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1

Taking the assumption of a carb-bar and a protein-bar where there is no crossover: Carbs (when presented in bar form) usually give you fast energy, and is the primary reason they are popular with outdoor sport enthusiasts. A protein bar is usually intended as a supplement to your diet to replace what carbs you would have ingested, with protein. Protein on ...


1

No meal timing does not matter , only concern would be if you have energy at the gym. You may find you have more energy consuming carbs a few hours before. Other than that there is no difference. For protein other than whey, I use Greek yogurt , sometimes i make protein pancakes . you can Google for recipes


3

The premise for this notion is based upon glycogen depletion. Replenishing glycogen allows the body to recover better and start working on muscle repair, however, You would need to work out for a few hours to consider that your glycogen might have been depleted. Assuming your friend is an athlete like you claim he probably trains for hours at a time and ...


4

What your friend is referring to is commonly called the "Golden hour" or the "Golden Window". It is also dependent on the type of exercise that you are doing. Many studies have shown that for endurance exercisers that have a need to replace glycogen in both muscles and body storage, that sooner is better, as the body is primed to deliver glycogen to the ...


2

Protein shakes are mainly based on whey protein, which is the leftover when milk is coagulated during the process of cheese production. It is the same type of protein that you'll find in a lot of dairy products like milk, ricotta, etc. As such, there is no reason to fear protein shakes. However, I am reluctant to recommend using protein powder. As with ...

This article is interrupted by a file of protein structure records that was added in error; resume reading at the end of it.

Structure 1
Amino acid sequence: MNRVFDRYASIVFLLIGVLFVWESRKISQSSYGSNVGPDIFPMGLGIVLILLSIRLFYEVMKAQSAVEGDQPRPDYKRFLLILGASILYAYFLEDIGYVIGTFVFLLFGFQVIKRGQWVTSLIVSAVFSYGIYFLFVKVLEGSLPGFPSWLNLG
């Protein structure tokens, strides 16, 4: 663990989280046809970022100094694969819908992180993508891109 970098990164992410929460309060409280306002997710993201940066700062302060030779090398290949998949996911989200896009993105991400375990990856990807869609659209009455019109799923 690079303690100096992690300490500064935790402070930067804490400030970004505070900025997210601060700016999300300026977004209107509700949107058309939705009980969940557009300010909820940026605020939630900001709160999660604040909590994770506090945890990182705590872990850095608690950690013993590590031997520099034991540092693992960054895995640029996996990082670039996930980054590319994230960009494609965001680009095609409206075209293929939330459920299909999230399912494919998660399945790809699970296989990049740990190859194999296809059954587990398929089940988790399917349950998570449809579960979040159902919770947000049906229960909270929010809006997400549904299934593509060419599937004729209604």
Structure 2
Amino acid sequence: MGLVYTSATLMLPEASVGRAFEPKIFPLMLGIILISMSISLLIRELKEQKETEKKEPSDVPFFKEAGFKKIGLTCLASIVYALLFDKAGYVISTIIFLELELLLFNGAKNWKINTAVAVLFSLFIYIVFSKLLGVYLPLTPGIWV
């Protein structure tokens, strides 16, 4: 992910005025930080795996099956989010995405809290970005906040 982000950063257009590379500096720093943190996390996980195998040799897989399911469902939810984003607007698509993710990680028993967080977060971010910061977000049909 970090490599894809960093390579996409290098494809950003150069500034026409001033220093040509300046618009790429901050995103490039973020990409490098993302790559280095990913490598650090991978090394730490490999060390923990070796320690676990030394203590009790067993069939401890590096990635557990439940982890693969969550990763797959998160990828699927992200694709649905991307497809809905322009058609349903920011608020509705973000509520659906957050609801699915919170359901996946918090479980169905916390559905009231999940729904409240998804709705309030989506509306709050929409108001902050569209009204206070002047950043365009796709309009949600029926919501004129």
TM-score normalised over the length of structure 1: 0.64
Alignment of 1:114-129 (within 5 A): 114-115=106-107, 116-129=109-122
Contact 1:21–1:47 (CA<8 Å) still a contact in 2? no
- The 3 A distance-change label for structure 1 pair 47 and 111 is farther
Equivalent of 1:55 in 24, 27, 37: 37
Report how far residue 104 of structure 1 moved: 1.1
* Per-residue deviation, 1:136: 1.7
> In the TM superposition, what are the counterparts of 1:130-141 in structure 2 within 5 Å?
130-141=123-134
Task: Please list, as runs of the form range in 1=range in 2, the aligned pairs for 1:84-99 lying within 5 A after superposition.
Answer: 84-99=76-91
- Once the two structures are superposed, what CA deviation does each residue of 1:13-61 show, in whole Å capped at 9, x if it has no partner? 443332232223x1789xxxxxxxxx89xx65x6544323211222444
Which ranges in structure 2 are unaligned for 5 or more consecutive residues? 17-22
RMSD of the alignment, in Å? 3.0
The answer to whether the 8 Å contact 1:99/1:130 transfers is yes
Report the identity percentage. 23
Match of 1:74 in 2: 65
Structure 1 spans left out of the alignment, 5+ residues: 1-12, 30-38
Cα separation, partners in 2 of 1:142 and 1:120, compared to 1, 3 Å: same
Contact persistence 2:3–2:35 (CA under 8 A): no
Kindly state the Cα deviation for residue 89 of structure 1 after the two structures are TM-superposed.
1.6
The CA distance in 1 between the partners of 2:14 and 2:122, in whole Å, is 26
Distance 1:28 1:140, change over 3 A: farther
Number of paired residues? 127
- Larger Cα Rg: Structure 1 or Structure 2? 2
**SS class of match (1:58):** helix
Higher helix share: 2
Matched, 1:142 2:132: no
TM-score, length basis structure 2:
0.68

0

Focusing on your question alone and ignoring the rest of the information provided: Say you train for lean mass gain once a week. How should you adjust your diet through the week to support this? Taking your weight as a good example, it is fruitless (useless) to weight yourself every day because your weight fluctuates, weekly or even monthly is better ...


-1

I suggest a calorie deficit of 10% of you calculated calorie needs for fat loss. For example if you estimate you calorie needs to be 3000 kcal you would subtract 10% or 300 kcals which is 2700 kcal a day. As far as nutrients, try to strike a 30/40/30 balance between Protein/Carbs/Fat. I find that the best way to eat healthy is to eat as clean as you can ...


3

I don't believe that you'll find better research on the subject currently. Here's why: Until very recently, there was such a strong taboo in the medical community against acknowledging hormonal impacts (other than thyroid hormone deficit or overproduction) on basal metabolic rate (BMR) that nobody could get studies funded on it. People like me with ...


0

Gaining muscle mass requires a caloric surplus. Losing fat requires a caloric deficit. You can clearly see the contradiction. It isn't going to work, and especially not if you train for mass only once a week. You see, if you're in a caloric deficit, meaning you consume less than you expend, your body will have to provide the missing calories itself to ...


-3

I would suggest that eat whatever you want to eat. Try making diet plan, have meals on time, 30 minutes morning and evening exercise is must. This will definitely work.


-1

Try to consume 0.8 gram per pound protein a day and add HIIT program in your workout regime three times a week. In this way you will gain more muscle and HIIT program will boost your metabolism for increased fat loss.


1

I have been climbing and competing in this sport for a long time. I am not a mountaineer but I have done a lot of sport climbing in the past and have been primarily bouldering for the last 8 years. For hand strength I suggest being very cautious in how hard you push yourself in this regard. Always use open hands when doing training specific to finger ...



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